Exchanging electronic health records (EHRs) across state lines is a complicated process that has yet to be fully standardized, much less perfected. Differing laws and a lack of data standards, among other obstacles, have made it difficult for states to achieve HIE interoperability.
To help move things forward, a multi-state HIE interoperability workgroup is focusing on ways to overcome common barriers to exchange, including the significant expenditures involved in developing connections between EHRs and HIEs . The lack of standards in building health information exchanges means EHR vendors have to develop custom connections for every new instance of an HIE, introducing additional costs into the health care system. One of the goals of implementing health IT is, of course, to reduce costs — not add to them.
The workgroup believes that, through a collaborative process, existing standards could be leveraged to create a set of plug-and-play standards for connecting EHRs to HIEs, reducing the need for customization. The goal of the workgroup is to “create an integrated marketplace of EHR capabilities in which the interfaces between EHRs and HIEs are standardized across multiple states.”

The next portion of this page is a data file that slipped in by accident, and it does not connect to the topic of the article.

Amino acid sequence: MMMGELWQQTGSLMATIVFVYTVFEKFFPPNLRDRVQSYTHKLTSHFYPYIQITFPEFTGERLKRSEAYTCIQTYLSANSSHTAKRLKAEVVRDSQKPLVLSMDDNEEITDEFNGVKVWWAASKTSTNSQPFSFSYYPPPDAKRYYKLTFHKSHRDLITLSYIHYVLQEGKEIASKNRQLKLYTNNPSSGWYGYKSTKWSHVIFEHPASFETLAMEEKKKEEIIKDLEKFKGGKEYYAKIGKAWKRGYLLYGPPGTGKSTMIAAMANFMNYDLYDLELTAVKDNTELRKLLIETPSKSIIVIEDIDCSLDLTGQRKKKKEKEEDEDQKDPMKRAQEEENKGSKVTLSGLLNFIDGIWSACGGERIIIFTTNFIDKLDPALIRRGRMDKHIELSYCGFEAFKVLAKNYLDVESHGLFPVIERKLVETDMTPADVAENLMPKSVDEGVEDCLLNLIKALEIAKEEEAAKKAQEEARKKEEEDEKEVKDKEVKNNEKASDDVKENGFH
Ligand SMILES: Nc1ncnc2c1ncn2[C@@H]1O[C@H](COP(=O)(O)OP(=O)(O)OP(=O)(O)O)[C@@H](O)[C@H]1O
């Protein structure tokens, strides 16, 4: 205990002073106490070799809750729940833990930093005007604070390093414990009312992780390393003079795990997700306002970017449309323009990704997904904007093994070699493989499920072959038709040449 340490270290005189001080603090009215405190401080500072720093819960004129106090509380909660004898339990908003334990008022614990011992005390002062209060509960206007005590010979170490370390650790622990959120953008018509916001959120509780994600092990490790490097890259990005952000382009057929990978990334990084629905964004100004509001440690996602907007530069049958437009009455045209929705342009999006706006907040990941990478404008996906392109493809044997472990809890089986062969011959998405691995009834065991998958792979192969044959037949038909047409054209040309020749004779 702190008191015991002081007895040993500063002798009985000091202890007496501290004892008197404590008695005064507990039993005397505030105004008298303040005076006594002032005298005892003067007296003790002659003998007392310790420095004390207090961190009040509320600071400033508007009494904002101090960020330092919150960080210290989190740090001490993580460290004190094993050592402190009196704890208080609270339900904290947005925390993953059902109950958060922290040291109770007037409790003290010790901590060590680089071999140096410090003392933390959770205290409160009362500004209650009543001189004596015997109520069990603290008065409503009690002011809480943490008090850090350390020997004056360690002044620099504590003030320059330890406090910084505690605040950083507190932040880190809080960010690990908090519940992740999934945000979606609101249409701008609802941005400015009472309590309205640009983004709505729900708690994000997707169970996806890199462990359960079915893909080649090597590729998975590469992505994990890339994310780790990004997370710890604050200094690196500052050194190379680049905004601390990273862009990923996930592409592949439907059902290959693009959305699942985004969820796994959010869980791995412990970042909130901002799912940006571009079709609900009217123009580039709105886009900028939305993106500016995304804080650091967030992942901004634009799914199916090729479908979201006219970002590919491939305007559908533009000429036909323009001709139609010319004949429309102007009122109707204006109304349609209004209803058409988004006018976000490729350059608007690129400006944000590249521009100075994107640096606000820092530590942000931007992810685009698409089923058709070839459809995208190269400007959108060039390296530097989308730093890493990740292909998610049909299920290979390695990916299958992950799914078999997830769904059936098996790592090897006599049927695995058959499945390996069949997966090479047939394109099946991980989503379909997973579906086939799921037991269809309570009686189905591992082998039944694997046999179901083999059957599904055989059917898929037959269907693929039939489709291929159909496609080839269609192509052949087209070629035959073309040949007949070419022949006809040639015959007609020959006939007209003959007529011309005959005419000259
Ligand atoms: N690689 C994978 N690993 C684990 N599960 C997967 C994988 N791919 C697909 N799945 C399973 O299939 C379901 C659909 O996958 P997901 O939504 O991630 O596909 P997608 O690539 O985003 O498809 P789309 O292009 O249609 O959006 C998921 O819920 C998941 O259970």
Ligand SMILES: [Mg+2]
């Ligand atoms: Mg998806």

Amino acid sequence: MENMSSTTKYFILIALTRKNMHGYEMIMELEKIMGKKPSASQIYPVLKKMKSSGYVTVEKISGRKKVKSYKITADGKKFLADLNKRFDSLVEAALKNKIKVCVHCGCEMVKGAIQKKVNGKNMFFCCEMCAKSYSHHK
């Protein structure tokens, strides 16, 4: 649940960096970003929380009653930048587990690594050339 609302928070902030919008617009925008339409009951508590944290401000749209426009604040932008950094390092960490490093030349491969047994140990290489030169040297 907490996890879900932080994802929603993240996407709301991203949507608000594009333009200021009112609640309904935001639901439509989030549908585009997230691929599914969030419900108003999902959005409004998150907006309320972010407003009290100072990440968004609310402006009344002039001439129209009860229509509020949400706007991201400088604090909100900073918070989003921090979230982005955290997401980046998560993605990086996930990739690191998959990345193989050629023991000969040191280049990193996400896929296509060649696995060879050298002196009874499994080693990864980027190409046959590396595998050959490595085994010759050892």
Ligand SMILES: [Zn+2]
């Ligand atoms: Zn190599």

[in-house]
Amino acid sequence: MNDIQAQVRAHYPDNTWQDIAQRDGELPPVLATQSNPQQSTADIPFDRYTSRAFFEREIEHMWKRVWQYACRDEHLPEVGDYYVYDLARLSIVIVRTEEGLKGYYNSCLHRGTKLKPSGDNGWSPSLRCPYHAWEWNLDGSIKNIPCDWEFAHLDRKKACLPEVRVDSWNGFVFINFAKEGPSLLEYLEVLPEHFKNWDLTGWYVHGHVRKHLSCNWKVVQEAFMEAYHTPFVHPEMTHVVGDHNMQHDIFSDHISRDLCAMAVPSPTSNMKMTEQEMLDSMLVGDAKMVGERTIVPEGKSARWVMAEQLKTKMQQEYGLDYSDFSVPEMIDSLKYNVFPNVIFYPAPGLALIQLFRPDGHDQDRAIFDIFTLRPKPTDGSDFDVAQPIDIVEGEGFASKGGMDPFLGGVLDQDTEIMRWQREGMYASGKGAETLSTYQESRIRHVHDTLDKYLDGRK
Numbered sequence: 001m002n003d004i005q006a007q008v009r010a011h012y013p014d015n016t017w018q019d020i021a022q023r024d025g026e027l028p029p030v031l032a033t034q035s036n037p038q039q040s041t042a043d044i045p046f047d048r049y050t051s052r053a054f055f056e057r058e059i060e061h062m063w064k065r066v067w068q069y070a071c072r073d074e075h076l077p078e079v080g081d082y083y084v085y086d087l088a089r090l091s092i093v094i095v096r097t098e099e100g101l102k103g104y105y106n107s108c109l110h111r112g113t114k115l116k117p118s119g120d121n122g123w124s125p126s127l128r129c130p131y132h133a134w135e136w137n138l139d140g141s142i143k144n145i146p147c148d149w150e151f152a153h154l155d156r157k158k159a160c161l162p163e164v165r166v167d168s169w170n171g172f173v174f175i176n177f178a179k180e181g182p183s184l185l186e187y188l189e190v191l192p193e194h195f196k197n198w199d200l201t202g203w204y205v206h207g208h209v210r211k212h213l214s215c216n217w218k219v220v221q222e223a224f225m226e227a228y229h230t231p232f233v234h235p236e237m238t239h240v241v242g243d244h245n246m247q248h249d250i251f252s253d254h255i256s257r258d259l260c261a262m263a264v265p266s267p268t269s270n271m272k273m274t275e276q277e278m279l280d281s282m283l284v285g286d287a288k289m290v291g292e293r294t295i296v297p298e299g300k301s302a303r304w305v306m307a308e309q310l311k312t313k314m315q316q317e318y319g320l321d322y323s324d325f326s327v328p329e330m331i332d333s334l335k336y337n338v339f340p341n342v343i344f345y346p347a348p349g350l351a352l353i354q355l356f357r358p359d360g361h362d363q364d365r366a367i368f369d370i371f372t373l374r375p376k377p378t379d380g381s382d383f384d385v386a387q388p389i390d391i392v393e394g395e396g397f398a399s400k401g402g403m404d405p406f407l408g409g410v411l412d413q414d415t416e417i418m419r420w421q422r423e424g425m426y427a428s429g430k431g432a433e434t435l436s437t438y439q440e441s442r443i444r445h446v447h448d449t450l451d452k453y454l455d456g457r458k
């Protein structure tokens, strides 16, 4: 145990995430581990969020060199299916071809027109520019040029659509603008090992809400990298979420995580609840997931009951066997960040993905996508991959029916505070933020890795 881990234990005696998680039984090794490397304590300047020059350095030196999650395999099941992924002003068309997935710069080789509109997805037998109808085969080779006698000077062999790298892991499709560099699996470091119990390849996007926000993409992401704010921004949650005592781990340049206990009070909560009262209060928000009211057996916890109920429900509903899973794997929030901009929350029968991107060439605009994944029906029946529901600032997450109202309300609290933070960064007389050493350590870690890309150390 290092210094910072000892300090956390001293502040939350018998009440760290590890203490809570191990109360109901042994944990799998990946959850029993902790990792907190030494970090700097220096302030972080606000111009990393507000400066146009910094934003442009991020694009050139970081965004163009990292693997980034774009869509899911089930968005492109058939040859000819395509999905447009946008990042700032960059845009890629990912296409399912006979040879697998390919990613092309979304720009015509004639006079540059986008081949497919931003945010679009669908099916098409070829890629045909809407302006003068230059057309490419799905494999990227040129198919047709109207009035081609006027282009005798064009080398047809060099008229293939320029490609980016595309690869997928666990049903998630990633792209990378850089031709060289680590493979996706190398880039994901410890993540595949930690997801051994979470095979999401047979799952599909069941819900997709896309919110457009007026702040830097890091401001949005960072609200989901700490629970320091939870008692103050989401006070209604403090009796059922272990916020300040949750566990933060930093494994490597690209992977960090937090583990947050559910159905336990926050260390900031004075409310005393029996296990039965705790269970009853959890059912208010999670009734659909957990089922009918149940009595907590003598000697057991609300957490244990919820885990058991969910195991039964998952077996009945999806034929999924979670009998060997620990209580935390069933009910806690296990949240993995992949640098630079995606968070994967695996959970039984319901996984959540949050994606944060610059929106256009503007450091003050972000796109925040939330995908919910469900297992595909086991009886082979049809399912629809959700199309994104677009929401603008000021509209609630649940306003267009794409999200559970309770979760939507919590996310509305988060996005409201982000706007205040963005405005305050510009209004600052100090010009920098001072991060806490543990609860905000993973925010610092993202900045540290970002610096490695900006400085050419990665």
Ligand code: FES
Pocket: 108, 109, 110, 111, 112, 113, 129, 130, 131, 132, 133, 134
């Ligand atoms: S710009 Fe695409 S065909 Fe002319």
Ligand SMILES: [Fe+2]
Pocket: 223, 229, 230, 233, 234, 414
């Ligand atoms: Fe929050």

Workgroup members include 11 states, representing 41% of the U.S. patient population, along with eight well-known EHR vendors, which have agreed to develop specifications based on existing standards. The organizations will prioritize work on the following capabilities:
- Send and receive patient records;
- Query and retrieve patient records;
- Import initial patient history;
- Medication history lookup;
- Public health and quality reporting; and
- Insurance eligibility check.
Building a national network of health information exchange won’t happen overnight. But this type of mult-state collaborative effort could be a good stepping stone toward achieving the goal of nationwide HIE.